This week’s API Inventory Report showed another round of decline in US crude stockpiles.
For the week ending July 1, inventories declined by 8.0 million barrels. This extends the 8.2 million barrels of fall recorded in the previous week.
Despite the update, the Brent crude chipped off $1.10 from its value, settling at $73.43 per barrel.
Following the downtrend, the West Texas Intermediate fell by 1.6% or $1.17 a barrel. The American benchmark is last seen hovering at $72.20 a barrel.
This extends the negative momentum incurred on Tuesday, where the contract shelved almost 4% off its value.
Analysts noted that the recent fall is mainly due to OPEC’s indecision on the future path of its production curbs.
Earlier, reports pointed out the opposition of the United Arab Emirates on the consensus to hike production capacity.
Insiders noted that member states originally agreed to increase 400,000 to 2 million barrels from August to December period.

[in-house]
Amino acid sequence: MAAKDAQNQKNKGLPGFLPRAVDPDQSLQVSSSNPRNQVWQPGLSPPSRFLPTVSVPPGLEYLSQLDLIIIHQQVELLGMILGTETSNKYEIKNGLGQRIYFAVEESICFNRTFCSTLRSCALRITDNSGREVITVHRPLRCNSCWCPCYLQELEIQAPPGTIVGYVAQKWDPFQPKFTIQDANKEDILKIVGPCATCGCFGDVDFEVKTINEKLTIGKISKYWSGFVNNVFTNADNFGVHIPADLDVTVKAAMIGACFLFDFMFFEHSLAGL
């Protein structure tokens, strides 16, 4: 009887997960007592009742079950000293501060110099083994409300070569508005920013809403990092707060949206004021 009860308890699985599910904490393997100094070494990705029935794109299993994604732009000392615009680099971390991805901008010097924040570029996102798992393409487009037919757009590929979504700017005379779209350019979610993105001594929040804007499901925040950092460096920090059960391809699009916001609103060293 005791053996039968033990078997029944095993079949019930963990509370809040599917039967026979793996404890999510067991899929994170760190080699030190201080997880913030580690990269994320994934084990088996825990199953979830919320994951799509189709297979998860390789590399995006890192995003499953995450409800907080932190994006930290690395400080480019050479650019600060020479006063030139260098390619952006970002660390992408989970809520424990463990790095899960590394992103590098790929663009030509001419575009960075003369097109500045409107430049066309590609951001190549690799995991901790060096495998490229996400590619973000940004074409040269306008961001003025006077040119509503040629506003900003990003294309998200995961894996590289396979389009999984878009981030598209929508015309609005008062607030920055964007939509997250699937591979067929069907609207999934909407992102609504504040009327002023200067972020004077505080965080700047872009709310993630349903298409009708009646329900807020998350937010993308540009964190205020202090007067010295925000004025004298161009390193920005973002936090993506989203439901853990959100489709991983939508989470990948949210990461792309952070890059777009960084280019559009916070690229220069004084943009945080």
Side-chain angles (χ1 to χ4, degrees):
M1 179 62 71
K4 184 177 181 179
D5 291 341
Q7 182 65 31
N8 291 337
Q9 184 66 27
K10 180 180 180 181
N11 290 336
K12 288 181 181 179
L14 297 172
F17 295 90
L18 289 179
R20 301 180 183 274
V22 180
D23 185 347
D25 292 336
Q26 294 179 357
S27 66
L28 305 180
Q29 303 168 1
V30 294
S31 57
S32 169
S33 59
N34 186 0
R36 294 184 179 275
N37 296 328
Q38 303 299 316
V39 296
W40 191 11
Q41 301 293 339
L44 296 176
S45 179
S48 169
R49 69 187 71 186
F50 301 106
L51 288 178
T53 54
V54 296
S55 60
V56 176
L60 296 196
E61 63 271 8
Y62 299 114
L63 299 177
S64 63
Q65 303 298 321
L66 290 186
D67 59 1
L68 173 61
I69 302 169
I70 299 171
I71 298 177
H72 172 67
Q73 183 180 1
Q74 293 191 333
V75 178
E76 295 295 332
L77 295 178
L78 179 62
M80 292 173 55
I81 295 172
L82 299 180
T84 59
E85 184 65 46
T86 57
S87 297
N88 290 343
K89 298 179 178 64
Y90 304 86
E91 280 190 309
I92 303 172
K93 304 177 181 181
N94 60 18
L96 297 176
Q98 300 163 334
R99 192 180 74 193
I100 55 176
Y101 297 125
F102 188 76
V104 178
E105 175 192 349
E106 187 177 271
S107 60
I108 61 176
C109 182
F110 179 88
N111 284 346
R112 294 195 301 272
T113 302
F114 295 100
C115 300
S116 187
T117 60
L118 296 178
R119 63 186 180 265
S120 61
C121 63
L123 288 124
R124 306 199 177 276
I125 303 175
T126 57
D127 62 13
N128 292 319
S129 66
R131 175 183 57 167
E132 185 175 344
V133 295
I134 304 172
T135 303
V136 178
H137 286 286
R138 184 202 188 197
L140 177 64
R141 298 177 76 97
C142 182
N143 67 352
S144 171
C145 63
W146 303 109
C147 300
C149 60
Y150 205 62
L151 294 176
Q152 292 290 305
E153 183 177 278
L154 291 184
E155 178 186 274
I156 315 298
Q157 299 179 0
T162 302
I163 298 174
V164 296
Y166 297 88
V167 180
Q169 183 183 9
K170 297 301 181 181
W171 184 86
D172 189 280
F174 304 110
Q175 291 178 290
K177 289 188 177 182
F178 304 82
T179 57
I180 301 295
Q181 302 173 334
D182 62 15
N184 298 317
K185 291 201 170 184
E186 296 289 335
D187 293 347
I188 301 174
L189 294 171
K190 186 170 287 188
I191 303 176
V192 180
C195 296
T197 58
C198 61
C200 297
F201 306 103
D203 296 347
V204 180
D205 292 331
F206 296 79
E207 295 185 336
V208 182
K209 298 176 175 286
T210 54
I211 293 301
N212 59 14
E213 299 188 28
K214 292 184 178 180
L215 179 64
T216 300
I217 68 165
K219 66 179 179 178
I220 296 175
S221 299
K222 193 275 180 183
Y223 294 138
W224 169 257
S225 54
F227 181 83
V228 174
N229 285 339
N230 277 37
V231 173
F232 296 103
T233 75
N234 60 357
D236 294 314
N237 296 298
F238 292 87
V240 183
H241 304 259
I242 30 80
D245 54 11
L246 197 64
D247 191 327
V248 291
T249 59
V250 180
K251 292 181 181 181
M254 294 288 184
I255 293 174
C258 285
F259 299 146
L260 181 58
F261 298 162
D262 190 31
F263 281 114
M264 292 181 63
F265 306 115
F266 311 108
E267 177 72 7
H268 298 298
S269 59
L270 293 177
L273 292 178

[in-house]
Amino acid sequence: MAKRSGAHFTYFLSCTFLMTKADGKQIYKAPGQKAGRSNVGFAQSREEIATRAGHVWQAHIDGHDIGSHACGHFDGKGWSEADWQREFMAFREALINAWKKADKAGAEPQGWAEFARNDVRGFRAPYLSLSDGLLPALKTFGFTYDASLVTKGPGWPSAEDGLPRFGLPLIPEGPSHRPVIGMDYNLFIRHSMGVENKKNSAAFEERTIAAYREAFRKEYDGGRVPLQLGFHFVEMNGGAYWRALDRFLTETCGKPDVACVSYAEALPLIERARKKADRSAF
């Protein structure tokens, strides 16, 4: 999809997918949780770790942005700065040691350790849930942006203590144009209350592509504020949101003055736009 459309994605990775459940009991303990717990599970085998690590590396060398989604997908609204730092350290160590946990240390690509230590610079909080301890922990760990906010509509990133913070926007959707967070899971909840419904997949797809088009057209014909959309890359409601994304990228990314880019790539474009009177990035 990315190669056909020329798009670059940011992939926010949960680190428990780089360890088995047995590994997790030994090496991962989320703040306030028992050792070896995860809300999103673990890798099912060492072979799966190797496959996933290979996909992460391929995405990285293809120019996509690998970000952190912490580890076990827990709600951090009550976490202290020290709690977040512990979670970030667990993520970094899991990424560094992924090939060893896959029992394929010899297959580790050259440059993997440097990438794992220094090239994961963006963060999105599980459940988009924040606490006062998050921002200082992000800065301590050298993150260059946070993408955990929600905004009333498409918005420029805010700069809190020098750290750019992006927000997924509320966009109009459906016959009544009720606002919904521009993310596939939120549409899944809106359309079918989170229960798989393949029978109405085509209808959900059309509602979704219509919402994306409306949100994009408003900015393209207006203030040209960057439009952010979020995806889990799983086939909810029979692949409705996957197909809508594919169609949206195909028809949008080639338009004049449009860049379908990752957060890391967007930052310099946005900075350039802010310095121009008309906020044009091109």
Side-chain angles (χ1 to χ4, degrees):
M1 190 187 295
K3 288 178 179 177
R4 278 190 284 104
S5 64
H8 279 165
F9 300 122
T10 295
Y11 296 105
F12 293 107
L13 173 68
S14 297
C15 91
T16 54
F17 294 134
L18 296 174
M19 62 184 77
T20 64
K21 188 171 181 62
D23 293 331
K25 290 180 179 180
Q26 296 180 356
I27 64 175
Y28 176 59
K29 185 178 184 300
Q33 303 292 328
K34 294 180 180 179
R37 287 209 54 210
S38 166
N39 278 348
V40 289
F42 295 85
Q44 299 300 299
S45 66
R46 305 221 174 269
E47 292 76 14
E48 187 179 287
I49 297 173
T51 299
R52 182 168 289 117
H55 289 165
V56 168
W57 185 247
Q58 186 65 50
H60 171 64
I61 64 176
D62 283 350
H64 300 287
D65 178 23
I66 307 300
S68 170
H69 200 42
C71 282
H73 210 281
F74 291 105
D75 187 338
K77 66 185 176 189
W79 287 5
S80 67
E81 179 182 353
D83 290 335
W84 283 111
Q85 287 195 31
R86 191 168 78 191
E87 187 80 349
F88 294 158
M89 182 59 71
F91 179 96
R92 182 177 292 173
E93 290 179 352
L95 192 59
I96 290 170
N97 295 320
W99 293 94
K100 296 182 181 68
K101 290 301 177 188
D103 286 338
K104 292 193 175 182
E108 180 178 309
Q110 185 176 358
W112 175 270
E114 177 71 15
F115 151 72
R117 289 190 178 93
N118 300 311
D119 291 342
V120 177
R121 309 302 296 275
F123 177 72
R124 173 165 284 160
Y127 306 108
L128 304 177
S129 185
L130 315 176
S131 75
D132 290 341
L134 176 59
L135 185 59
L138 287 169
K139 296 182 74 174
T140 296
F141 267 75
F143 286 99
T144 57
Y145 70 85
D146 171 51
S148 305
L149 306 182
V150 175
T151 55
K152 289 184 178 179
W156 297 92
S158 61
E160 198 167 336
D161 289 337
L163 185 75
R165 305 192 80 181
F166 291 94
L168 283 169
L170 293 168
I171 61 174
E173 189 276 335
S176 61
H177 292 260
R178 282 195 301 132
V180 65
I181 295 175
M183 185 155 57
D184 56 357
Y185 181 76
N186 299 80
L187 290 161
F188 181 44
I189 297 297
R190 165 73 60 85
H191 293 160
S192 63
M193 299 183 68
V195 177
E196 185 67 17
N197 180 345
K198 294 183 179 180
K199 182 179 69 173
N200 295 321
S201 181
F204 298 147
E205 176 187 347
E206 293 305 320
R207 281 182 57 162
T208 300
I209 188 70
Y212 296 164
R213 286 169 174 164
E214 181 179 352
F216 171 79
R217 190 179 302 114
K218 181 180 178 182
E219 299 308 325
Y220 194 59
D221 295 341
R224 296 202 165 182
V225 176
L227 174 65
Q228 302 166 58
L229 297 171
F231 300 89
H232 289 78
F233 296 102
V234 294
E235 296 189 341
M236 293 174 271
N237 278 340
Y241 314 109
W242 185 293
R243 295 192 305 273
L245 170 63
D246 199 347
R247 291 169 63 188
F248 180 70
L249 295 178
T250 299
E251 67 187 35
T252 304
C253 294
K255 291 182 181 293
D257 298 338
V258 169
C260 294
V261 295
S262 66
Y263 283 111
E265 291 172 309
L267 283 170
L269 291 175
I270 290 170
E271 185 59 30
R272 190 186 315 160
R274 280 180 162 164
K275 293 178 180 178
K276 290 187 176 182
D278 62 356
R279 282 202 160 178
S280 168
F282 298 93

On the other hand, some members noted that it is too early to increase production as the Delta variant starts to hold on the market.
For the record, the new Covid variant has now spread its havoc on some important business districts. This, thereby, ignited concerns on the future of oil demand.
This is especially important as currently available inoculations in the market have minimum level efficiency against the new variant.
In an estimate on oil price, EIA noted that the American benchmark might likely settle on the $72.00 per barrel threshold over the remainder of the year.
This projection comes along with its latest update, which shows that US fossil fuel consumption slumped by 9% in 2020.
Organization of the Petroleum Exporting Countries Eyed
Commodity strategists noted that crude would not move into the positive territory until OPEC finally announces its supply decision.
The recent fallout on the Organization of the Petroleum Exporting Countries’ decision is likely to subdue price movement in the short term.
In a brief context, member states’ convention last week instantaneously ignited optimism among investors.
However, the sentiment hit a plateau before the week recessed following the failure to hit consensus.
Experts in the field noted that the recent opposition ignites the risk of further riffraff in the future. It is one of the rarest occurrences that Emiratis failed to chime in on the de facto leader, Saudi Arabia’s decision.
Nevertheless, oil price remains on the bullish path, having been ascended by 50% since the start of the year.